Tue Jan 24, 2012, 01:12 AM
sad sally (2,627 posts)
Supreme Court says no to California's prohibition to the slaughter of non-ambulatory pigs,
sheep, goats or cattle. No humane euthaniza afforded non-ambulatory slaughterhouse animals.
Supreme Court: Federal Meat Inspection Act preempts California's slaughter ban
By Michael Doyle | McClatchy Newspapers
WASHINGTON _ The Supreme Court on Monday struck down California’s ban on the slaughter of downed swine, saying the state law strayed too far into federal territory.
In a case closely watched by other states as well as the multibillion-dollar livestock industry, the court unanimously ruled that longstanding federal law pre-empted California’s 2008 measure.
“The California law runs smack into the (federal) regulations,” Justice Elena Kagan wrote for the court. Kagan’s 14-page decision emphasized that the Federal Meat Inspection Act covers a “broad range of activities at slaughterhouses” and that it “expressly” pre-empts the state law.
The California law in question prohibits the slaughter of non-ambulatory pigs, sheep, goats or cattle. These are animals that can't walk because of disease, injury or other causes. The state law further requires that the downed animals be euthanized.
7 replies, 1280 views
Always highlight: 10 newest replies | Replies posted after I mark a forum
Replies to this discussion thread
Supreme Court says no to California's prohibition to the slaughter of non-ambulatory pigs, (Original post)
|sad sally||Jan 2012||OP|
|sad sally||Jan 2012||#7|
Response to jody (Reply #2)
Tue Jan 24, 2012, 02:46 PM
happyslug (13,332 posts)
5. Only if permitted by FEDERAL LAW and it is NOT.
Note, this case did NOT say the law was bad, but that it is an attempt to impose a STATE REGULATION where the Federal Government has said it was EXCLUSIVE REGULATORY Rights,
This is the same rationale people are using to undo the immigration restrictions imposed by various states, That immigration is a FEDERAL AREA OF CONCERN and thus the States can NOT entered that area UNLESS the Federal Governments permits them.
In this case the Federal Congress gave EXCLUSIVE control over meat handling to the USDA( United States Department of Agriculture) and it is clear that Congress did NOT give the State any rights in this area of the law. Since federal law forbids the use of Road Kills your comment is irrelevant, for the use of Road Kills are already illegal by FEDERAL LAW.
This can be seen in the opinion:
In 2008, the Humane Society of the United States released an undercover video showing workers at a slaughterhouse in California dragging, kicking, and electroshocking sick and disabled cows in an effort to move them. The video led the Federal Government to institute the largest beef recall in U. S. history in order to prevent consumption of meat from diseased animals.
In conclusion of the opinion Justice Kagan writes:
The FMIA regulates slaughterhouses’ handling and treatment of nonambulatory pigs from the moment of their delivery through the end of the meat production process. California’s §599f endeavors to regulate the same thing, at the same time, in the same place—except by imposing different requirements. The FMIA expressly preempts such a state law. Accordingly, we reverse the judgment of the Ninth Circuit, and remand this case for further proceedings consistent with this opinion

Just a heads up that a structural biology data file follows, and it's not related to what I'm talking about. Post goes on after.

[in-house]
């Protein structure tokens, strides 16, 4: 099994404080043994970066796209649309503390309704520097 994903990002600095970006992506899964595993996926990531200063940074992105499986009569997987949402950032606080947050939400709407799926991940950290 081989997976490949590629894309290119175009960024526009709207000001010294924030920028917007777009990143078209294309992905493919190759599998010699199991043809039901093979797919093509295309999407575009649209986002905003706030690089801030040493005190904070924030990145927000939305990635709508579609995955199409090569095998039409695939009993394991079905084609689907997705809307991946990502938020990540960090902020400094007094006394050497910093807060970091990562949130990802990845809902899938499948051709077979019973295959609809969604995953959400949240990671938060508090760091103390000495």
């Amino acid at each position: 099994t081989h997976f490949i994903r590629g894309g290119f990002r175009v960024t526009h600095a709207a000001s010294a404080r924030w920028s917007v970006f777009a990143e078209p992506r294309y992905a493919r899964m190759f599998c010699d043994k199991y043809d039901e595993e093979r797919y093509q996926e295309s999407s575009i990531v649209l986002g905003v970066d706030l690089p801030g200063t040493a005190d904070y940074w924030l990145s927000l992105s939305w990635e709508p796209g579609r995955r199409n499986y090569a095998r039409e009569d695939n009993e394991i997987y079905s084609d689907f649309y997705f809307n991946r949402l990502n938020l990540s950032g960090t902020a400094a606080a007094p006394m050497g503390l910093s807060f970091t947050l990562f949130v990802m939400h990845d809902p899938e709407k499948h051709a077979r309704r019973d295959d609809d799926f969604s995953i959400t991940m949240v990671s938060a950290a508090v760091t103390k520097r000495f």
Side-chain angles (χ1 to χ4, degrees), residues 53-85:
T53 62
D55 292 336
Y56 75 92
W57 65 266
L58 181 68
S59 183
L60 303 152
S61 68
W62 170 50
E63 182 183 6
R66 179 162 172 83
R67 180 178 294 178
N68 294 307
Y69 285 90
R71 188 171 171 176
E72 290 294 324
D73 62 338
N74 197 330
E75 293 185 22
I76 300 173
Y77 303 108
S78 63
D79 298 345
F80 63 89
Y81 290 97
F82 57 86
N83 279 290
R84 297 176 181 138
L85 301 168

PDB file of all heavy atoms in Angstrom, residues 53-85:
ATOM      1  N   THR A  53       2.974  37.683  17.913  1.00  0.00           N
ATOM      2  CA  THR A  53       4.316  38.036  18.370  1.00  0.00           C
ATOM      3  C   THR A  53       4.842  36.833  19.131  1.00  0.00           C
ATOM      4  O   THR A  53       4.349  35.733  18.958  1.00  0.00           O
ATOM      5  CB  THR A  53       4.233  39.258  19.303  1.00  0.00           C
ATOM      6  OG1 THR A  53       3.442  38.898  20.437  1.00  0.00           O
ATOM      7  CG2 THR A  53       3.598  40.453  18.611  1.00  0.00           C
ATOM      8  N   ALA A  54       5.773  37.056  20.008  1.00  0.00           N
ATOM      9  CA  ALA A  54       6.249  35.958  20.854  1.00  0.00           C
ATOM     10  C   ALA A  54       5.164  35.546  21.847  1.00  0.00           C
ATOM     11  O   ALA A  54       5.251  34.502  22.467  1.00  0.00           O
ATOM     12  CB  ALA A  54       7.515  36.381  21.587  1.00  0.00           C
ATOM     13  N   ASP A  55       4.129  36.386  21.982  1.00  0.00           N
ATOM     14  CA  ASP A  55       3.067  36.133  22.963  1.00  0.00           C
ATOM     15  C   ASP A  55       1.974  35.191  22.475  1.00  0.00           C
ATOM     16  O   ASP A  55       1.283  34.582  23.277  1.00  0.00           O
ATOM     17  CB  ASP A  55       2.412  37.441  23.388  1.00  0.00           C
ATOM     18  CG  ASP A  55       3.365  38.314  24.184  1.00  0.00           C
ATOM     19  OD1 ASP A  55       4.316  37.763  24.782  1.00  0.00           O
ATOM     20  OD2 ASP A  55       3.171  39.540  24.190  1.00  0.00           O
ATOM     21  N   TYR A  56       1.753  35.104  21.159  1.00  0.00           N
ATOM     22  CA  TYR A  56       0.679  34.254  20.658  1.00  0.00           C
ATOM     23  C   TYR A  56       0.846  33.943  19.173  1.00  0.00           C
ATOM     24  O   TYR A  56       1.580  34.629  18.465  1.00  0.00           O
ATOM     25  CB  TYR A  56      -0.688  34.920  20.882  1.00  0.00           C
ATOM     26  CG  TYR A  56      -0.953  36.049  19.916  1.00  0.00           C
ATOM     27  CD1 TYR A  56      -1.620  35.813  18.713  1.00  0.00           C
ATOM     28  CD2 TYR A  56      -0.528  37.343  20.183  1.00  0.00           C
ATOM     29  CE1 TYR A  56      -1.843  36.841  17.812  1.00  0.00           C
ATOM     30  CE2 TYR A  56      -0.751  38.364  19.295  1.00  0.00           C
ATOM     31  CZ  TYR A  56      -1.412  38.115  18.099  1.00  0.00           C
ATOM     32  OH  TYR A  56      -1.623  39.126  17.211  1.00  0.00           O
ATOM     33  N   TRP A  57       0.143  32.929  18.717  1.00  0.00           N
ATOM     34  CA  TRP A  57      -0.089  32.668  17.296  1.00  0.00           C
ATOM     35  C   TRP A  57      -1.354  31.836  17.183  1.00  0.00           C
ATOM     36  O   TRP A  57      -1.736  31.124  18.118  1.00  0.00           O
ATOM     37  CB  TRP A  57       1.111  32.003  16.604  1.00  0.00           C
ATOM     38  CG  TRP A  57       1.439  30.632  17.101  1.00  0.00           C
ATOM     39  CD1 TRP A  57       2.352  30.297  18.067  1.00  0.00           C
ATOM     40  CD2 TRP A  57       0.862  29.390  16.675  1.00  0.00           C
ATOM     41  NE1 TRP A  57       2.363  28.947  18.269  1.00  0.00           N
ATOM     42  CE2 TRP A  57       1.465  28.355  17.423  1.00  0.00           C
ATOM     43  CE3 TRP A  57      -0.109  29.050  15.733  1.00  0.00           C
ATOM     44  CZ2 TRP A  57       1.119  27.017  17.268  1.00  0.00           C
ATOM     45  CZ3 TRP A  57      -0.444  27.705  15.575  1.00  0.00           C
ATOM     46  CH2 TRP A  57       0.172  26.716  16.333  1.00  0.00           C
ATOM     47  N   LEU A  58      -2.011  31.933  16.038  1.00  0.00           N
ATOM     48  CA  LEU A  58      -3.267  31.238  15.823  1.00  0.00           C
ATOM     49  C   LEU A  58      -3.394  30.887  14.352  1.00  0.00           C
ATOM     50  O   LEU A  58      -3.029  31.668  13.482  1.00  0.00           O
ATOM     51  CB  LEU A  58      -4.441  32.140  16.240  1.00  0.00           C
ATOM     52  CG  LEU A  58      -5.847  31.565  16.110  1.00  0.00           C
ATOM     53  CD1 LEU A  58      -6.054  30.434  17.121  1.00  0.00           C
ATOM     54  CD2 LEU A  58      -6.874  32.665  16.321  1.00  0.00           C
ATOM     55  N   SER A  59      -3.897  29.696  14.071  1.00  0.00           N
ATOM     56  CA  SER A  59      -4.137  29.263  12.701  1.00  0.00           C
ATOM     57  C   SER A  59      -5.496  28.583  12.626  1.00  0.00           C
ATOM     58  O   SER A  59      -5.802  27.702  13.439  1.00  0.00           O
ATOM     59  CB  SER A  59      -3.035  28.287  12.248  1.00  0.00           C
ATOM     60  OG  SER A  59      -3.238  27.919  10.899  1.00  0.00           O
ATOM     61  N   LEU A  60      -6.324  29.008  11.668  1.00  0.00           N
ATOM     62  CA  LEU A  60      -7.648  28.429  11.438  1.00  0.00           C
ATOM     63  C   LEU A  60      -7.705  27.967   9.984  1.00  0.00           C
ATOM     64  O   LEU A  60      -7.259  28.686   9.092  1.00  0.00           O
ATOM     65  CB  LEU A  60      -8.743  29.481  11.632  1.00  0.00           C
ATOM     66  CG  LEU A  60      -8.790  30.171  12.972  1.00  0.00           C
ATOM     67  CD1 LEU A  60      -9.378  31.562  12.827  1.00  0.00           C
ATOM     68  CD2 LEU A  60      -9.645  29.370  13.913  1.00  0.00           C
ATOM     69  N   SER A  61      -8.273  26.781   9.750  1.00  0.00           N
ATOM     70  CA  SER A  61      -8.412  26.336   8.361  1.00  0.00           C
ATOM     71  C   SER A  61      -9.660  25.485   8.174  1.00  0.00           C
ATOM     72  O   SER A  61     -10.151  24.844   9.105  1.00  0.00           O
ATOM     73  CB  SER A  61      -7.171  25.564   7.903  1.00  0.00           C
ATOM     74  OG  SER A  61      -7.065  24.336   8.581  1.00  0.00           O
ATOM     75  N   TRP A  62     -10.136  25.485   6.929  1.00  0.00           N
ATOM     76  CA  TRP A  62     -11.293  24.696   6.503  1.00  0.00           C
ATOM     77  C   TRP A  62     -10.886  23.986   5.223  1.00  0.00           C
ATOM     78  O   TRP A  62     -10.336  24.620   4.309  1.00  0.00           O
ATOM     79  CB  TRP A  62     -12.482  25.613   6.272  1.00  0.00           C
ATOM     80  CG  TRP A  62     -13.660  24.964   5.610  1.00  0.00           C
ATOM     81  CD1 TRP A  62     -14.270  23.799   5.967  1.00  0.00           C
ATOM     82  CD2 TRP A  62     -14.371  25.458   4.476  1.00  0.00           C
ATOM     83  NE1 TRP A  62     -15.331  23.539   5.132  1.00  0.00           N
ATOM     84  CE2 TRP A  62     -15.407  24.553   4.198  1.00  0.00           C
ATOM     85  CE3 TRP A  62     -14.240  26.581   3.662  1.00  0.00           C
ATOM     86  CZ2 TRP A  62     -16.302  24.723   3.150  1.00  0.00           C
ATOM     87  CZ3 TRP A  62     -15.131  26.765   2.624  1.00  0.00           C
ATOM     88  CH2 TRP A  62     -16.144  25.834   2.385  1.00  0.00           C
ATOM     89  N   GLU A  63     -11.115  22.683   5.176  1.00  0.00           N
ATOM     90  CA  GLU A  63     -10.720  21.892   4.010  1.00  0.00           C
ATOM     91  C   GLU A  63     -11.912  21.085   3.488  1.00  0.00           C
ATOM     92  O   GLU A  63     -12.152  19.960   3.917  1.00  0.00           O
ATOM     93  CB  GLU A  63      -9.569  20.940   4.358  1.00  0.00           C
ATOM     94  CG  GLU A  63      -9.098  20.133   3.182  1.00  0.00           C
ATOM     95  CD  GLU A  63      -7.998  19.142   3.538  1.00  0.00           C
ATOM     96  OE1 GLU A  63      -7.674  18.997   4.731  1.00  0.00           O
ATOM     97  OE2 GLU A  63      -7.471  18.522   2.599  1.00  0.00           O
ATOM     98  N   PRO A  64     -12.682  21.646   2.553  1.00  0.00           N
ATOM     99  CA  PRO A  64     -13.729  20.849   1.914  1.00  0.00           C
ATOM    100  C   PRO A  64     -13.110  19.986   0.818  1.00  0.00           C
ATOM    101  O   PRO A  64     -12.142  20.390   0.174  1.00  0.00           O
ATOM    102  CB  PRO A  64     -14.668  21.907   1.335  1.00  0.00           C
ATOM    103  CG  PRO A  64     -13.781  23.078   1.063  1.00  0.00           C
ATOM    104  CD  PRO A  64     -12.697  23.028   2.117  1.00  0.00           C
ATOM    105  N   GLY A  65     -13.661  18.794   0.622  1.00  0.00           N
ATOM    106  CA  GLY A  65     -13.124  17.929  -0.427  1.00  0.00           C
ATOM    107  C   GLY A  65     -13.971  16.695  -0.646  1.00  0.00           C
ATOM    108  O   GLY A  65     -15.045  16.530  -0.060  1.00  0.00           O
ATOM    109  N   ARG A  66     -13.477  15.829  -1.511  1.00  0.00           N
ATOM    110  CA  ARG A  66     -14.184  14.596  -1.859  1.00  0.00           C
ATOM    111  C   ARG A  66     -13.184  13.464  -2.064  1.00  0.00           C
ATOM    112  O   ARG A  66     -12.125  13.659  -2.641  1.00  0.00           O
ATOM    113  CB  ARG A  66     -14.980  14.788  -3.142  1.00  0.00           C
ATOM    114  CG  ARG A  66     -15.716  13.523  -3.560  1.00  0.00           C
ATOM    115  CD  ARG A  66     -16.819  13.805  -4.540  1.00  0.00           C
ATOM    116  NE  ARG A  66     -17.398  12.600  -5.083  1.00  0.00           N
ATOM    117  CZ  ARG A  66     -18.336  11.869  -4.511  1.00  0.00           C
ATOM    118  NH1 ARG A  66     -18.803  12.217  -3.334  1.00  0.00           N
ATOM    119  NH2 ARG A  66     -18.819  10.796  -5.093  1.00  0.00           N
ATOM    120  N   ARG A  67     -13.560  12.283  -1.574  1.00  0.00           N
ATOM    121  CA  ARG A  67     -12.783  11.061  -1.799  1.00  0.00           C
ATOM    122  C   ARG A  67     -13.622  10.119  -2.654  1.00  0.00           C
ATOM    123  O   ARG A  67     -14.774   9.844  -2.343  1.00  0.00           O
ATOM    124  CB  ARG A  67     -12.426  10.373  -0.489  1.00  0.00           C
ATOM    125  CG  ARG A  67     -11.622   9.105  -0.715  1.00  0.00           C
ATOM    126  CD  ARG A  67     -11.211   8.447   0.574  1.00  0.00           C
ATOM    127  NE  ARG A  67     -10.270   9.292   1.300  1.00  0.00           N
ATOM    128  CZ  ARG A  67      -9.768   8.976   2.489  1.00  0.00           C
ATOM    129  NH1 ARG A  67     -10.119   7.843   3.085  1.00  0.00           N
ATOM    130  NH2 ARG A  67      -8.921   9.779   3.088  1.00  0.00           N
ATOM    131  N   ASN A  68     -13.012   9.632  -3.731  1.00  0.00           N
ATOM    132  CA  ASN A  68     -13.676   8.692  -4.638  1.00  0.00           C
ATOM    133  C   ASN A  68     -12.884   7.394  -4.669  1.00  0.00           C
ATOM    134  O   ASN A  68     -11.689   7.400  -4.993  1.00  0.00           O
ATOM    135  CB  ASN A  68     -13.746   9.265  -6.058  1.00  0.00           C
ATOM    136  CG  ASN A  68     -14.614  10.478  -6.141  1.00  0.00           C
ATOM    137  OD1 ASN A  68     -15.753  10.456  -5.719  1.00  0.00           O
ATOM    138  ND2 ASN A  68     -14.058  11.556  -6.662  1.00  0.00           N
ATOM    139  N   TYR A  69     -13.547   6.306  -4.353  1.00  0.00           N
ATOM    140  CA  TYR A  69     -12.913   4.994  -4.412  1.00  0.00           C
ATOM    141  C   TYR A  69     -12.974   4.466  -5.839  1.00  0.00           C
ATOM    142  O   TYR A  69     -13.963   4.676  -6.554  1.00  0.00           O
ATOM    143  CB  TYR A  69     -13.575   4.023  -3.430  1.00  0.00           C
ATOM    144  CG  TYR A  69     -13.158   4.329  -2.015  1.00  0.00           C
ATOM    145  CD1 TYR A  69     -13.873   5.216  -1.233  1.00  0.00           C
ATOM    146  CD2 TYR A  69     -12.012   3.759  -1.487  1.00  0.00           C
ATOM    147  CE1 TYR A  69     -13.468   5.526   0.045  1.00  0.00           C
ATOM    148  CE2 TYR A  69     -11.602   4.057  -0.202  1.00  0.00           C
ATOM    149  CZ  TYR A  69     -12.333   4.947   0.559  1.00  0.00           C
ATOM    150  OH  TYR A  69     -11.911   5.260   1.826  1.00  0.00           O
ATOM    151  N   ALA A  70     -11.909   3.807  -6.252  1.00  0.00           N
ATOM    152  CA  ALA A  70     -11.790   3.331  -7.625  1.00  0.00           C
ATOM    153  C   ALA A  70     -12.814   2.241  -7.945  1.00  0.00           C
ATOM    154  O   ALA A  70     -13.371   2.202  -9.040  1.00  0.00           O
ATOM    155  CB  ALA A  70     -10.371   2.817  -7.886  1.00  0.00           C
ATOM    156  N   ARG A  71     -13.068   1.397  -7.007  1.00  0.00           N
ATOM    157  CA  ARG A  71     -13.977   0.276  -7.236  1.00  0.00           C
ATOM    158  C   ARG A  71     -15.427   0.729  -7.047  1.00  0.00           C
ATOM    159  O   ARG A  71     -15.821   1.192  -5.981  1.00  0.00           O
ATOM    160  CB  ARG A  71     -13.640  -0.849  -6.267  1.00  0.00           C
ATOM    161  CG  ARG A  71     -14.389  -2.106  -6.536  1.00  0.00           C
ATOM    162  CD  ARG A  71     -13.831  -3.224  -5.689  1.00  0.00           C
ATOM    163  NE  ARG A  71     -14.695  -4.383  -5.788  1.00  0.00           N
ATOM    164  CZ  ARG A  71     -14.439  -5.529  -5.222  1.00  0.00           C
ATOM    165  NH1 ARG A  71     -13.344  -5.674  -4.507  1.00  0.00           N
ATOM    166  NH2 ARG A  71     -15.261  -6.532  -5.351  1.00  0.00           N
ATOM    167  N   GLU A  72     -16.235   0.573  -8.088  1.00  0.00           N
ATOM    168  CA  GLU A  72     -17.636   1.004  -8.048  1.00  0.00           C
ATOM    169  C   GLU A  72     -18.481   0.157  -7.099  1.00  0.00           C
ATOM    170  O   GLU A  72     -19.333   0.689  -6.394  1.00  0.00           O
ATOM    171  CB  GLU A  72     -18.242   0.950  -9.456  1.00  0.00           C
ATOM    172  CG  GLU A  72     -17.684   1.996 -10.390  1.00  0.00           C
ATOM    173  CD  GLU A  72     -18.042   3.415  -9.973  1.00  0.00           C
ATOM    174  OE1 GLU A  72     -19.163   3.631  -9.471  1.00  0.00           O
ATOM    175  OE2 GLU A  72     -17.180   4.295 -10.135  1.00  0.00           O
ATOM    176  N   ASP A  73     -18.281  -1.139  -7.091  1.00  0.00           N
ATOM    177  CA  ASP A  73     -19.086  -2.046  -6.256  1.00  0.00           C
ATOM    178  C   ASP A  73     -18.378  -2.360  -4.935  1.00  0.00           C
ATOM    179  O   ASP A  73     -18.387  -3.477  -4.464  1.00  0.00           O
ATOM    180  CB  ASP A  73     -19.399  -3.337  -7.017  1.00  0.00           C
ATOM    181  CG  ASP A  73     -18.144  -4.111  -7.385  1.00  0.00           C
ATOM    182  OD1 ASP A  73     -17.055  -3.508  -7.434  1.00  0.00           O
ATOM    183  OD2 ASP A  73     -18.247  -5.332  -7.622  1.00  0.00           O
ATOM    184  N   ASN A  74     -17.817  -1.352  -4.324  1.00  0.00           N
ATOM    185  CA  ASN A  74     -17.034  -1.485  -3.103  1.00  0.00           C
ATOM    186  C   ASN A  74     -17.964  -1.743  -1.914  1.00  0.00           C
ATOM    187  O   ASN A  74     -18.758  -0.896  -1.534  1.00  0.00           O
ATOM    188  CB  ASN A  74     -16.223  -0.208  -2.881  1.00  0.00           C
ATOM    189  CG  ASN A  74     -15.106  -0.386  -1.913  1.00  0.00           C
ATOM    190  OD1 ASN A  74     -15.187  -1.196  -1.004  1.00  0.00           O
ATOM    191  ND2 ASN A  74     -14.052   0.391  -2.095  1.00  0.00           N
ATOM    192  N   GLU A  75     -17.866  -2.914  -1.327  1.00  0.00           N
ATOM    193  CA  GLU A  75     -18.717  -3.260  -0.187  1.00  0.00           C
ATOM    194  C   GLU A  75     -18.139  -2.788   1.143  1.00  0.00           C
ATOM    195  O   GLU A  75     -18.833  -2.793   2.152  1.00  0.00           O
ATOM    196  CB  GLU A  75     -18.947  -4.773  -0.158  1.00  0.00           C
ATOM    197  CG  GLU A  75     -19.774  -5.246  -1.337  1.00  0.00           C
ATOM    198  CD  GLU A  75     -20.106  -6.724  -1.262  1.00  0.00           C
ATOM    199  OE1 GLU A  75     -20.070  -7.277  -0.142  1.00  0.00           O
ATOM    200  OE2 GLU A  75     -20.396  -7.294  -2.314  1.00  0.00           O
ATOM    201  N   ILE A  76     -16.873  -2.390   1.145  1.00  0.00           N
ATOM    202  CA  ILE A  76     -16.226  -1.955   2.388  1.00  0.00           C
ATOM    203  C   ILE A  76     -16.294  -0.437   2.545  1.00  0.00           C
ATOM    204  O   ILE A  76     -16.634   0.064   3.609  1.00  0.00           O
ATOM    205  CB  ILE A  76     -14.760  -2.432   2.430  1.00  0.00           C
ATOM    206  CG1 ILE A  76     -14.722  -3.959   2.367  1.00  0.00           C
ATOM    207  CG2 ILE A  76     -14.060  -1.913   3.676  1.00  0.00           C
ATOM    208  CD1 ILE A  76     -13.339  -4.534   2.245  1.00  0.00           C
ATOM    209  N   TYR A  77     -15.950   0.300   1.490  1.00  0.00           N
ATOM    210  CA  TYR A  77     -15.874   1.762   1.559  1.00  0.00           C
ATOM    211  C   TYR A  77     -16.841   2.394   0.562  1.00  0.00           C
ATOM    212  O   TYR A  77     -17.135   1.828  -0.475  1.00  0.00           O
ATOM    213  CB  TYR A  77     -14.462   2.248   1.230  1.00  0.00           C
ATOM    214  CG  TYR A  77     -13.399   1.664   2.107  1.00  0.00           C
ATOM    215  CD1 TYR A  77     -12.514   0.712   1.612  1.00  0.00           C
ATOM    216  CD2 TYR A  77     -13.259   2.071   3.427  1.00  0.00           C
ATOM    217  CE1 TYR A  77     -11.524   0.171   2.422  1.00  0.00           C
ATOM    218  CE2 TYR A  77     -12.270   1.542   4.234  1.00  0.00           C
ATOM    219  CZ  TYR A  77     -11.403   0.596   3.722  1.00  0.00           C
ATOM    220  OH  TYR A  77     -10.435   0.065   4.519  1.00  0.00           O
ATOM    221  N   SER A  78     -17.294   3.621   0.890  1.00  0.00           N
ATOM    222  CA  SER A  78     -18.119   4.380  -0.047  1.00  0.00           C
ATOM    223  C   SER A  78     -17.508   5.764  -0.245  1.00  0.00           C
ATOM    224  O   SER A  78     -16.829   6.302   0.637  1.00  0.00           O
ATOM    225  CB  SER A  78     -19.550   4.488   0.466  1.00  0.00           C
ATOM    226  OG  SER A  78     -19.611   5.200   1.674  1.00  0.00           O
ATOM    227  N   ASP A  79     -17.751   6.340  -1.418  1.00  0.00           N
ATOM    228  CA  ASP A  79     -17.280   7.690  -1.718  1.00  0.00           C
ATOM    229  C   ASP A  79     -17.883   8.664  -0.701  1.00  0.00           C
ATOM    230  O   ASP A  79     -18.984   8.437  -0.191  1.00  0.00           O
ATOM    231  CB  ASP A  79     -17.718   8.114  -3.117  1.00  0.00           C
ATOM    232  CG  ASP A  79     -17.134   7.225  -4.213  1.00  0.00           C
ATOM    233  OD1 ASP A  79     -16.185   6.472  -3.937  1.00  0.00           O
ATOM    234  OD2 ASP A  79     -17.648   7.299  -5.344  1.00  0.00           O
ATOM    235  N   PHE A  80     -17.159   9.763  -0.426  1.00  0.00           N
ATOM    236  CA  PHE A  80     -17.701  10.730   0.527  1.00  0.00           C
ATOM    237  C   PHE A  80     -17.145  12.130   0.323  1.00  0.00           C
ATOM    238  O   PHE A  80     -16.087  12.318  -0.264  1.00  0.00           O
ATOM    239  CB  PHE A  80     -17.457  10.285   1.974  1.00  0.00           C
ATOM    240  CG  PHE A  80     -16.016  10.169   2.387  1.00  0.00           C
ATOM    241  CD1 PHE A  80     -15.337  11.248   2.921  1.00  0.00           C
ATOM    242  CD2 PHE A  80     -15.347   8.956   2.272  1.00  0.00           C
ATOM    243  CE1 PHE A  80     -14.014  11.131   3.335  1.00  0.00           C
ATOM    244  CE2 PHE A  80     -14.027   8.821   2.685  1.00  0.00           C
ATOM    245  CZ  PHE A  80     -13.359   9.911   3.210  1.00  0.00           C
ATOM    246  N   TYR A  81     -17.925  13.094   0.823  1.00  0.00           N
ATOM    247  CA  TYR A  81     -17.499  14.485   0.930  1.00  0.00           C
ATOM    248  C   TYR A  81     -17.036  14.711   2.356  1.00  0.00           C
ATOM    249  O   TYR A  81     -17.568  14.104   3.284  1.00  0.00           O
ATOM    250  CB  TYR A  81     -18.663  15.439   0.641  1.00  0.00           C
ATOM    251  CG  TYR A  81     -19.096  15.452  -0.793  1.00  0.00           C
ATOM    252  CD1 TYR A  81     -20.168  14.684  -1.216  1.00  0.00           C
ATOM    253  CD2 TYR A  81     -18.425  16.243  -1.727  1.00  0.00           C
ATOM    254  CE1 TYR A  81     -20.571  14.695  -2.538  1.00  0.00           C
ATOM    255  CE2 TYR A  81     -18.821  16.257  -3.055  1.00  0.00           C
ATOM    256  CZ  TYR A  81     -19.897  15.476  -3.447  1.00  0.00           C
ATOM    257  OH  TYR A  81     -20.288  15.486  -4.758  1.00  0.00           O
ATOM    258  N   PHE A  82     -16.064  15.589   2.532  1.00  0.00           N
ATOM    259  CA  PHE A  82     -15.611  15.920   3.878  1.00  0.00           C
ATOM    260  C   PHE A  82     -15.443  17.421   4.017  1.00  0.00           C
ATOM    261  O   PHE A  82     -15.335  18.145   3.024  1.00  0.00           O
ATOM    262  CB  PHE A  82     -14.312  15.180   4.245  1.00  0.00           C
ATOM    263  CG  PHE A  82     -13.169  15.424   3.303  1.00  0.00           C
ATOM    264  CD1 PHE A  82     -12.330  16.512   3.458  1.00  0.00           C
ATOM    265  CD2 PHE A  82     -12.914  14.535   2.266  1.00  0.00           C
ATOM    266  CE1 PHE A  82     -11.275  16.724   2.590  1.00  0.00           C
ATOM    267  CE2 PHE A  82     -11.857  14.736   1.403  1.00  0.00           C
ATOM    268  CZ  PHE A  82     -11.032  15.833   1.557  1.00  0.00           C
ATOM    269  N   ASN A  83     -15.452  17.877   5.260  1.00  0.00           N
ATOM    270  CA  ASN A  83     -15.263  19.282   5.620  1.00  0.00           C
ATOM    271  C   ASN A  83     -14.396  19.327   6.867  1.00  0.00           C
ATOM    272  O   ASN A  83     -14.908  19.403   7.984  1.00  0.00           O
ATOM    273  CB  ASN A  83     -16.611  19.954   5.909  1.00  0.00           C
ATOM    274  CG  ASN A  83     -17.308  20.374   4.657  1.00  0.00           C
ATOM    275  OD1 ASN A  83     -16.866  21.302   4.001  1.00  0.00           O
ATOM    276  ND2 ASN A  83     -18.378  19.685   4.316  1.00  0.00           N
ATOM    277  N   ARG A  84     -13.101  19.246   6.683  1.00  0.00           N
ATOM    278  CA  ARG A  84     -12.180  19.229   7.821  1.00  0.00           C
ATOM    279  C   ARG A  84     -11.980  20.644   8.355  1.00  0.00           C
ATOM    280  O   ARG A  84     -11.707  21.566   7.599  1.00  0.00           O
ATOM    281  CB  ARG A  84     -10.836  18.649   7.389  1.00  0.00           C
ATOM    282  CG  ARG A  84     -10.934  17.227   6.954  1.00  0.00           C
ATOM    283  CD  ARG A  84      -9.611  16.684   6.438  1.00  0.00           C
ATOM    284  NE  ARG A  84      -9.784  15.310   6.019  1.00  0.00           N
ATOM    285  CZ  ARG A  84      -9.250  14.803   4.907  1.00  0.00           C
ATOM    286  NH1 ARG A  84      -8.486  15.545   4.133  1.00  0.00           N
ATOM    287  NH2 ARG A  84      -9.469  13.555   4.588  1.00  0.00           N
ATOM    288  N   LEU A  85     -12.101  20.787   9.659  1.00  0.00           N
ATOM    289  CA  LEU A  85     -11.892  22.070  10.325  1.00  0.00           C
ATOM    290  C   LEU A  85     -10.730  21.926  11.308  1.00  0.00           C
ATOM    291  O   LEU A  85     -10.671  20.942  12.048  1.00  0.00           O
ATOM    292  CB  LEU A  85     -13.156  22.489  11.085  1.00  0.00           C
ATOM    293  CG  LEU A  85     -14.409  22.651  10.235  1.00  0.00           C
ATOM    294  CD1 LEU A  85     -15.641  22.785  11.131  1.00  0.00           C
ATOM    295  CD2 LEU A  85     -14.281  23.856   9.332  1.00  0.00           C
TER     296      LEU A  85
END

Response to happyslug (Reply #5)
Tue Jan 24, 2012, 05:01 PM
sad sally (2,627 posts)
7. The lawsuit was filed by the pork producers - who say this is a victory for them
Federal law is about the safety - disease-free non-ambulatory meat.
I guess when people see no problem with prodding a non-ambulatory animal to stand, no matter how inhumane or painful for the animal, the SC is right. People can close their eyes and believe that the bellowing and crying of animals is not pain or that it's okay since the federal law says the non-walking animal is disease-free, but (imo) that doesn't make it right. The California law was an attempt to stop this practice.
Once again, money won; a teachable moment for humane treatment of non-humans lost.
California’s law was particularly important to the handling of downed pigs because they are the least protected by the federal government. In fact the lawsuit was brought on behalf of California pig farmers.
The federal law allows a downed pig to be slaughtered if a veterinarian or federal inspector determines it is free of disease. The animal can then be forced onto its feet and taken to be killed. HSUS statistics show that 44,000 of the 100 million hogs brought to slaughter each year are unable to walk.
Pork producers say the animals are “overheated, fatigued or stubborn,” and most are back on their feet soon after arriving at a slaughter facility.
Wayne Pacelle, president of the HSUS gave the following statement about the Supreme Court’s ruling:
“This is a deeply troubling decision, preventing a wide range of actions by the states to protect animals and consumers from reckless practices by the meat industry, including the mishandling and slaughter of animals too sick or injured to walk. The fact is, Congress and the USDA have been in the grip of the agribusiness lobby for decades, and that’s why our federal animal handling and food safety laws are so anemic. California tried to protect its citizens and the animals at slaughterhouses from acute and extreme abuses, but its effort was cannibalized by the federal government.”
Read more: http://www.care2.com/causes/supreme-court-overturns-california-ban-on-slaughtering-downed-animals.html#ixzz1kPlYDNqC?du